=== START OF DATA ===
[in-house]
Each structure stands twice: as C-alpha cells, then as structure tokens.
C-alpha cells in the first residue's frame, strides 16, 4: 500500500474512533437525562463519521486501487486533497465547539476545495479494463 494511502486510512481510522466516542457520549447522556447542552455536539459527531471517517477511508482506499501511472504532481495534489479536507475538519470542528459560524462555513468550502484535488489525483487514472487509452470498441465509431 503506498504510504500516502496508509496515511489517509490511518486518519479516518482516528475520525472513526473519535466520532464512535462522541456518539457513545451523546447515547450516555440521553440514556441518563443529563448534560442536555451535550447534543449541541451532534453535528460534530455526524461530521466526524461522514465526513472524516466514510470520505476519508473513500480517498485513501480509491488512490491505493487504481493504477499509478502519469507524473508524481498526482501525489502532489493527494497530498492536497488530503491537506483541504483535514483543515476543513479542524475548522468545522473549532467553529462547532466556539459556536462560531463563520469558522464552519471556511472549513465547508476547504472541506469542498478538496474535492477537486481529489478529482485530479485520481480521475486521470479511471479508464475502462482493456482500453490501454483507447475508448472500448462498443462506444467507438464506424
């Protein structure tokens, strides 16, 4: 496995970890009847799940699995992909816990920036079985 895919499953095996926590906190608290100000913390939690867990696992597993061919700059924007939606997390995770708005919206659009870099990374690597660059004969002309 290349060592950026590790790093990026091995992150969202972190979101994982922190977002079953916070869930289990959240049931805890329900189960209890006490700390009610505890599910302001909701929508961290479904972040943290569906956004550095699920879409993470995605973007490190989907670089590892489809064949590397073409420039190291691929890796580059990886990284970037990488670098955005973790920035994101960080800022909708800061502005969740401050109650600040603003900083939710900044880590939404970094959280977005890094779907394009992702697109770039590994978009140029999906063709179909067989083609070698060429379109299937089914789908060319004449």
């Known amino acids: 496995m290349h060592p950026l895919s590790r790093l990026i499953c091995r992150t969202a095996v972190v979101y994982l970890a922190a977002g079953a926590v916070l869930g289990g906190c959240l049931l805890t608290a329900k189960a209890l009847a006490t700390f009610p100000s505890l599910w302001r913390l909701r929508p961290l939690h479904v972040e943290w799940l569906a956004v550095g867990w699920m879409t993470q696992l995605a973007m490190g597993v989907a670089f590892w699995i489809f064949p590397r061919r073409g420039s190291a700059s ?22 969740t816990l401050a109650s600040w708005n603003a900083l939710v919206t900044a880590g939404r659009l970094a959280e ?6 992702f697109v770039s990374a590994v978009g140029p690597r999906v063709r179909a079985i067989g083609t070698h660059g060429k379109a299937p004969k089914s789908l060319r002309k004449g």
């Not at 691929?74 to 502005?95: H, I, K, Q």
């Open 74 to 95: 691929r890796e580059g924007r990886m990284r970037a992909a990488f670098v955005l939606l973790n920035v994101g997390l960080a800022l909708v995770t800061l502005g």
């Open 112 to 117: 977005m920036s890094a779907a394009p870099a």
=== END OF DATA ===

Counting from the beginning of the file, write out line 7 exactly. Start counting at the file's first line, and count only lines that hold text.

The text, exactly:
């Open 74 to 95: 691929r890796e580059g924007r990886m990284r970037a992909a990488f670098v955005l939606l973790n920035v994101g997390l960080a800022l909708v995770t800061l502005g």